To the Readers' Forum:
In his letter "Re-Examining Second Amendment Rights," the author claims the idea of self-defense "evolved along with changes in our society." One reason for his claim is that when the Constitution was written there was no rhetorical cry of "if guns are outlawed only outlaws will have guns." Firstly, that's not rhetorical - it's literal. Secondly, no such cry existed back then because there was no threat of outlawing guns. Gradual restrictions on guns are what eventually led to such cries.
The author believes the fear of "crazed gunmen" didn't exist when our constitution was written, and thus there was no "self-dense" rhetoric. Not true. The right to bear arms for individual protection was well-known to our forefathers. English law had declared it suitable that a man keep a gun for protecting his family. Children had guns and knew how to use them. Gun ownership in that society was so common and understood that specifically saying "for self-defense" in our constitution seemed unnecessary - it was obvious. Dismissing the self-defense notion by saying it "evolved along with changes in our society" is historically inaccurate - it existed then and it still exists now.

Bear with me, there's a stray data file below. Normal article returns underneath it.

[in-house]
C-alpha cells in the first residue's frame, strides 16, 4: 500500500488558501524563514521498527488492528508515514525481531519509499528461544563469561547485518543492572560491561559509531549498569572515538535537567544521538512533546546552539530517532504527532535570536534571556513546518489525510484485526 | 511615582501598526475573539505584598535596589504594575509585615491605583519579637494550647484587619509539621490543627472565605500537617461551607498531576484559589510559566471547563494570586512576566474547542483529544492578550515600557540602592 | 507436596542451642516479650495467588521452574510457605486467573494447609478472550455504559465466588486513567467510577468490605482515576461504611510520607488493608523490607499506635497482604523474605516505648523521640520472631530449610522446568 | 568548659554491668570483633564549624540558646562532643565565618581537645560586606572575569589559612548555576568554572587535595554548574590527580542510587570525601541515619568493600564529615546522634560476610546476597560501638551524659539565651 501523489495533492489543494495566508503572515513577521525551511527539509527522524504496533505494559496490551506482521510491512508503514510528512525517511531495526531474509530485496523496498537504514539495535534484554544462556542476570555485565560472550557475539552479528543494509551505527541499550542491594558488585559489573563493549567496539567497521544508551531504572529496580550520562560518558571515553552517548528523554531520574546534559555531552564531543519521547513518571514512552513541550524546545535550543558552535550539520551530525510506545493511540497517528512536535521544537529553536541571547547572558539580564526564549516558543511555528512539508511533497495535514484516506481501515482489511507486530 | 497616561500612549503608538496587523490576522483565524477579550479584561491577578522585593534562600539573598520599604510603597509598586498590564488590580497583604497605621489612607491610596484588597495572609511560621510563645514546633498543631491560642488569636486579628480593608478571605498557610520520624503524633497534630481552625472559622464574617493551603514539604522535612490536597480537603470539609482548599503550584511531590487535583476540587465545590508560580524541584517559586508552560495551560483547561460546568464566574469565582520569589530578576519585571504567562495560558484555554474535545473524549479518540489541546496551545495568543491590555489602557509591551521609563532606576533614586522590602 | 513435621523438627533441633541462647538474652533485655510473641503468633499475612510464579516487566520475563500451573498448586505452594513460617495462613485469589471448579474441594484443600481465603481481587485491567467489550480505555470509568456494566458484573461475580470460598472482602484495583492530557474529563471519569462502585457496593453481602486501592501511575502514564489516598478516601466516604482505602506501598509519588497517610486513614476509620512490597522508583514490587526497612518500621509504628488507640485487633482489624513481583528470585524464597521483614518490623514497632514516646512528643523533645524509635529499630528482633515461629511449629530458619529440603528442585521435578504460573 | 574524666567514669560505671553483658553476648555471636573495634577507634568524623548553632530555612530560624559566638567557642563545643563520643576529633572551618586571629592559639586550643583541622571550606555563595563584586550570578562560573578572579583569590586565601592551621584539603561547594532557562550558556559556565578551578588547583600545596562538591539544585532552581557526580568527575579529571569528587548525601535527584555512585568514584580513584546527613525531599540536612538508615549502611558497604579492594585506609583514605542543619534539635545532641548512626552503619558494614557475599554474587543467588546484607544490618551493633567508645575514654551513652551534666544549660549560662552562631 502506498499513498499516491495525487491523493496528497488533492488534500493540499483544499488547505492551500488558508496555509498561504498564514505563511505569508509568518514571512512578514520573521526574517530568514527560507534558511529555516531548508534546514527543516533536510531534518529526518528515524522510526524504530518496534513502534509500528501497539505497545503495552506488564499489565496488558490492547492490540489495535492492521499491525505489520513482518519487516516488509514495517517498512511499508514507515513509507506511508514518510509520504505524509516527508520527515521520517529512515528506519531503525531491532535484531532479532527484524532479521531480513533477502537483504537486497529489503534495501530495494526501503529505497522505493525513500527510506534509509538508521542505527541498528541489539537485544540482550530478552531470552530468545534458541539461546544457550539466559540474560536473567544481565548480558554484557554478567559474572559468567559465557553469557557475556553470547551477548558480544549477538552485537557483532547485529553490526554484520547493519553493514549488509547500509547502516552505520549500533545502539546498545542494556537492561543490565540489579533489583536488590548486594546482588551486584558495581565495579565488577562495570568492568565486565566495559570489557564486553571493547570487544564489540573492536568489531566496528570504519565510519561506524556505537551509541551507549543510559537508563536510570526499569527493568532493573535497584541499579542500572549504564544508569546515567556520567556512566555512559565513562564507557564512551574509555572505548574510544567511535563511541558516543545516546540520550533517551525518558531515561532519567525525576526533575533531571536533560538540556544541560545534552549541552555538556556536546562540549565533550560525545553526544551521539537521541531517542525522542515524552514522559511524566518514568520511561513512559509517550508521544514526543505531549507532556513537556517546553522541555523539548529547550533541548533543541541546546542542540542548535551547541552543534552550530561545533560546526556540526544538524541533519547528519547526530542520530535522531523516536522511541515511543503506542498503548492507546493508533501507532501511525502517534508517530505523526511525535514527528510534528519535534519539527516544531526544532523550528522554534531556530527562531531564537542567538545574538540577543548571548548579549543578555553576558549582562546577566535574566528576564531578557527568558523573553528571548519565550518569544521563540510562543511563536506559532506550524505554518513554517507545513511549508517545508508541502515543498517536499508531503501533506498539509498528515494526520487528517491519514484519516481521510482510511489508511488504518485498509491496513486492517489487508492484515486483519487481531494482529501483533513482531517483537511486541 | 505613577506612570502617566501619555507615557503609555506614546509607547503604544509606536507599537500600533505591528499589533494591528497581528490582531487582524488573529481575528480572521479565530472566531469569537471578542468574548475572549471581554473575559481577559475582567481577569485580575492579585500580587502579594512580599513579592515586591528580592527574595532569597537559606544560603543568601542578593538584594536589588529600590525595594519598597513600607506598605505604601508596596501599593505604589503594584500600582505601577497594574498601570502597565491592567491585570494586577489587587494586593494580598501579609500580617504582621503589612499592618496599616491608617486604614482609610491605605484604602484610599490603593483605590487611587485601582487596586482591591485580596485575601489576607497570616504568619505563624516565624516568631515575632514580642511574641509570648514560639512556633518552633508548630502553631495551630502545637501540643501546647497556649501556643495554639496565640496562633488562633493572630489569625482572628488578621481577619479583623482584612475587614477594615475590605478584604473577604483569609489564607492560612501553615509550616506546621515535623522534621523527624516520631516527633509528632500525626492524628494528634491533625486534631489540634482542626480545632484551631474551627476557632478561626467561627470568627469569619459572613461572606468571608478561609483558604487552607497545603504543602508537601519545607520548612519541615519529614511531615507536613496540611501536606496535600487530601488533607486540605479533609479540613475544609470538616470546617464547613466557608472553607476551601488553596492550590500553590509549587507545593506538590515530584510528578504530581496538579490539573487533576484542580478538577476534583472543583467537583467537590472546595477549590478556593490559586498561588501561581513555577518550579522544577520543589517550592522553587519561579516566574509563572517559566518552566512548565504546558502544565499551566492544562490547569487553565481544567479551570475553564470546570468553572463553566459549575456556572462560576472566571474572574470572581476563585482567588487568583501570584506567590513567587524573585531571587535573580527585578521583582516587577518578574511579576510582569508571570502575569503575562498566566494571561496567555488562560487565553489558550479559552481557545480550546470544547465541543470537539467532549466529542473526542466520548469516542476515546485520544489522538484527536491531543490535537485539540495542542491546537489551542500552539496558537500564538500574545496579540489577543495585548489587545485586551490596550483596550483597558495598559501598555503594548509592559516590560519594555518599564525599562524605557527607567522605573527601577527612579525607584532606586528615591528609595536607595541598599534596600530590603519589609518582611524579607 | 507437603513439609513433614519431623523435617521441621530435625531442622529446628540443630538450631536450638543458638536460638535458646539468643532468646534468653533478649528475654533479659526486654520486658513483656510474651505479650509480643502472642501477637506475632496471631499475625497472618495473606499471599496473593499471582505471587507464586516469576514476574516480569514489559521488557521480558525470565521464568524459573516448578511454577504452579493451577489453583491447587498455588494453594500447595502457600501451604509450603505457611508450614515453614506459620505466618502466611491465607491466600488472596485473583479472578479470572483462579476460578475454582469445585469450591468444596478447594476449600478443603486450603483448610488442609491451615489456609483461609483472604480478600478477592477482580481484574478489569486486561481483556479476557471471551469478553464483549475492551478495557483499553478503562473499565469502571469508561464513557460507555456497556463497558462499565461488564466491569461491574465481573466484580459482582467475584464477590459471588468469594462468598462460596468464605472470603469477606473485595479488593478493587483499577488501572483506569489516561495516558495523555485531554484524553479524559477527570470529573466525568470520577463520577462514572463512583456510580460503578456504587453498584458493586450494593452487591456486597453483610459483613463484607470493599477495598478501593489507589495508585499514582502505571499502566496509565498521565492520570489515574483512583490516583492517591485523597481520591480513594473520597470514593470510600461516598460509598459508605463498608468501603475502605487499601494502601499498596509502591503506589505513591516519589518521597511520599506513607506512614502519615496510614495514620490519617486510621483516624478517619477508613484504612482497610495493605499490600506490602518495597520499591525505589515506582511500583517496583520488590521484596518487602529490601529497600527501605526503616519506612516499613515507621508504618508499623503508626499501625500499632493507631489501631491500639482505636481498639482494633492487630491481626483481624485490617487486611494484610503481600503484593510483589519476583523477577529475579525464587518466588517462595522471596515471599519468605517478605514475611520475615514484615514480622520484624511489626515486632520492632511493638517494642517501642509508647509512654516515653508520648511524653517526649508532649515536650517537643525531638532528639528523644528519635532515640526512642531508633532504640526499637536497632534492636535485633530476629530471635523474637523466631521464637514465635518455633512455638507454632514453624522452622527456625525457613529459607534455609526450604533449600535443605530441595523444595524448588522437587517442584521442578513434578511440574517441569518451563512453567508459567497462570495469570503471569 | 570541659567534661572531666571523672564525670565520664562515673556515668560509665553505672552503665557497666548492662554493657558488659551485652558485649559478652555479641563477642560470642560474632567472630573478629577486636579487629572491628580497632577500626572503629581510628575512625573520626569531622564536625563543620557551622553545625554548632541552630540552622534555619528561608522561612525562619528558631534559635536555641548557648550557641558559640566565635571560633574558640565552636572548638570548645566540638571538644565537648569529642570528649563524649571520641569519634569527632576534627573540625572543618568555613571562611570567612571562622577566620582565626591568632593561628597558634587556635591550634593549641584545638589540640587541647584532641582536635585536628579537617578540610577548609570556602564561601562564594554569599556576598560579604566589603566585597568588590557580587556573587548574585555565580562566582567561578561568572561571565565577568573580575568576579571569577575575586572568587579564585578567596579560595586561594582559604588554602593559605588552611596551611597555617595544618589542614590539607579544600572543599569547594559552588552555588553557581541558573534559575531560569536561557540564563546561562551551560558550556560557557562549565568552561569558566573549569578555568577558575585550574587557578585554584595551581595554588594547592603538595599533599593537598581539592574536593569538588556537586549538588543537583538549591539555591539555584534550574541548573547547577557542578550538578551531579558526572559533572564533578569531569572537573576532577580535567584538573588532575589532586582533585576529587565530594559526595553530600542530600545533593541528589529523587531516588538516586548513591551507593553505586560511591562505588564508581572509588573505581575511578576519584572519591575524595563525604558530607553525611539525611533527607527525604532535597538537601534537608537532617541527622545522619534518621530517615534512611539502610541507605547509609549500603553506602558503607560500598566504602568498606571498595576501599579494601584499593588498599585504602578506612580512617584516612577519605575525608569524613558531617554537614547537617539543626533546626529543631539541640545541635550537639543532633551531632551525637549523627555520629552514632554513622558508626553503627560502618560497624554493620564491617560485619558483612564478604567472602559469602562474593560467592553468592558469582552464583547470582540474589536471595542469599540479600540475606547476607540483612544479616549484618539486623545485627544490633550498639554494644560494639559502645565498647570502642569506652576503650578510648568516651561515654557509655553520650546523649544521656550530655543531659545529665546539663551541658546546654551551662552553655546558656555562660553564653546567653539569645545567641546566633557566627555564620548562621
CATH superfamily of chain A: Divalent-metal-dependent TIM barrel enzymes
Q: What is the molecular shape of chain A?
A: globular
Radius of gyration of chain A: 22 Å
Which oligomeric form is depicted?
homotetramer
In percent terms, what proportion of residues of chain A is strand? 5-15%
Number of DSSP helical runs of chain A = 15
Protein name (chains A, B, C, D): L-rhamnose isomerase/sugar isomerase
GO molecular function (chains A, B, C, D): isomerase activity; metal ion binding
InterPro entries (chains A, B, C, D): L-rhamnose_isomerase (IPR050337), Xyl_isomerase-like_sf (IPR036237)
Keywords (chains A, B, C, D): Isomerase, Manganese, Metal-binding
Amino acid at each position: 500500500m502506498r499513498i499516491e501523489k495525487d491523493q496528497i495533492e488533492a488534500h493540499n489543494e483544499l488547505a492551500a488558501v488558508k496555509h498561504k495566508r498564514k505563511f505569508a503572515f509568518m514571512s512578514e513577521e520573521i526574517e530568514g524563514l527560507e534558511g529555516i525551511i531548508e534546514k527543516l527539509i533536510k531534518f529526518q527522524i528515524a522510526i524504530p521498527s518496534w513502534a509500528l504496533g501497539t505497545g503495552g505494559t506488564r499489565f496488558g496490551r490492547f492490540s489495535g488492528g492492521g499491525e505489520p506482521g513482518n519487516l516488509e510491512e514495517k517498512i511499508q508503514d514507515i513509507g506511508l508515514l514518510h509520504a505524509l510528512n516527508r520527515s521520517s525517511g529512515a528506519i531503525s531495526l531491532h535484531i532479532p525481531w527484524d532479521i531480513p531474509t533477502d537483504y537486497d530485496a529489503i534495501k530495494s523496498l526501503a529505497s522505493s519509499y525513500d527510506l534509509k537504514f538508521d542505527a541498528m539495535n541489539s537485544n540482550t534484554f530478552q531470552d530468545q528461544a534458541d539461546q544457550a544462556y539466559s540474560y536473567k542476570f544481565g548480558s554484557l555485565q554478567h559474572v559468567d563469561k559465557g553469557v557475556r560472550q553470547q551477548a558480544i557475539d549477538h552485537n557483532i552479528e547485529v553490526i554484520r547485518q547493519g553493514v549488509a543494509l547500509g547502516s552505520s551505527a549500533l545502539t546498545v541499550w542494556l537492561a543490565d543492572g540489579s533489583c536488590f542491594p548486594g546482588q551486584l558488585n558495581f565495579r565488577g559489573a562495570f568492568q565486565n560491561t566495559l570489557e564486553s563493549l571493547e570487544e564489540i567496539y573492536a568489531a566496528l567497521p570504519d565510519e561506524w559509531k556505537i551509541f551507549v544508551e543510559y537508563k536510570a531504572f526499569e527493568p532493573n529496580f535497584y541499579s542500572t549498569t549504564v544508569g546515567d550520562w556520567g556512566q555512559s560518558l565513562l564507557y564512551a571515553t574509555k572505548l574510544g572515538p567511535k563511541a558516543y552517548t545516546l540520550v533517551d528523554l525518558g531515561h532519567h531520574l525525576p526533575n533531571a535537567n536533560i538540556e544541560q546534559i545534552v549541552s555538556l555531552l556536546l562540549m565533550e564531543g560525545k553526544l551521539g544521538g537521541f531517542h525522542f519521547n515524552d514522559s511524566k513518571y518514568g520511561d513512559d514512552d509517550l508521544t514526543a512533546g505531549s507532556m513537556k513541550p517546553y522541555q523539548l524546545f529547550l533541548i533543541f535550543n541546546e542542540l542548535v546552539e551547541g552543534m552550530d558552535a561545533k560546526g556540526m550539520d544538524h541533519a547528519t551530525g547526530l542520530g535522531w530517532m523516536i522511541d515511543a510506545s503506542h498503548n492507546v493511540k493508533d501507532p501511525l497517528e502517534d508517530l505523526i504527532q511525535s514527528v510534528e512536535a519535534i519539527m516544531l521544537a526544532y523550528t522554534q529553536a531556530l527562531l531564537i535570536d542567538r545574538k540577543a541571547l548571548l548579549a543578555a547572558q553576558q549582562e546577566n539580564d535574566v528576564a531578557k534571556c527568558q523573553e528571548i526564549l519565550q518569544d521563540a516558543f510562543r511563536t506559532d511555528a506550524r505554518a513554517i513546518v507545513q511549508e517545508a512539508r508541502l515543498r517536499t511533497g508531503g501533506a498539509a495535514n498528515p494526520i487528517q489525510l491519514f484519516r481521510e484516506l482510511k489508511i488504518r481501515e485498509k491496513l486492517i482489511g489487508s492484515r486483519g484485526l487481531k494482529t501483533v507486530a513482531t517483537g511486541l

The author questions the effectiveness of armed citizens, mentioning the recent Tucson shooting but failing to mention the armed citizen who assisted in restraining the shooter. This shooting caused inevitable cries for stricter gun laws. But would gun laws have prevented it? Many shootings actually occur in places where it's illegal to possess firearms. Schools, for example, have become popular places for loons to shoot many people with little resistance specifically because they're gun free.
Consider the home invasion of William Petit. He was brutally beaten, tied up in his basement, and forced to listen as thugs raped, tormented, and murdered his wife and daughters on the floors above him. Maybe owning a gun would've helped, maybe not. But who's to deny a man's right to protect his family?
Lastly, the author ridicules my pro-gun reasoning, joking of a society where Wal-Mart greeters and teachers are armed "just in case." Yet many shootings do occur in schools and other public places where armed officials are not on guard. How funny that he mocks a society where good people are armed in the very places shootings generally occur! Considering the frequency of public shootings, "just in case" is an understatement.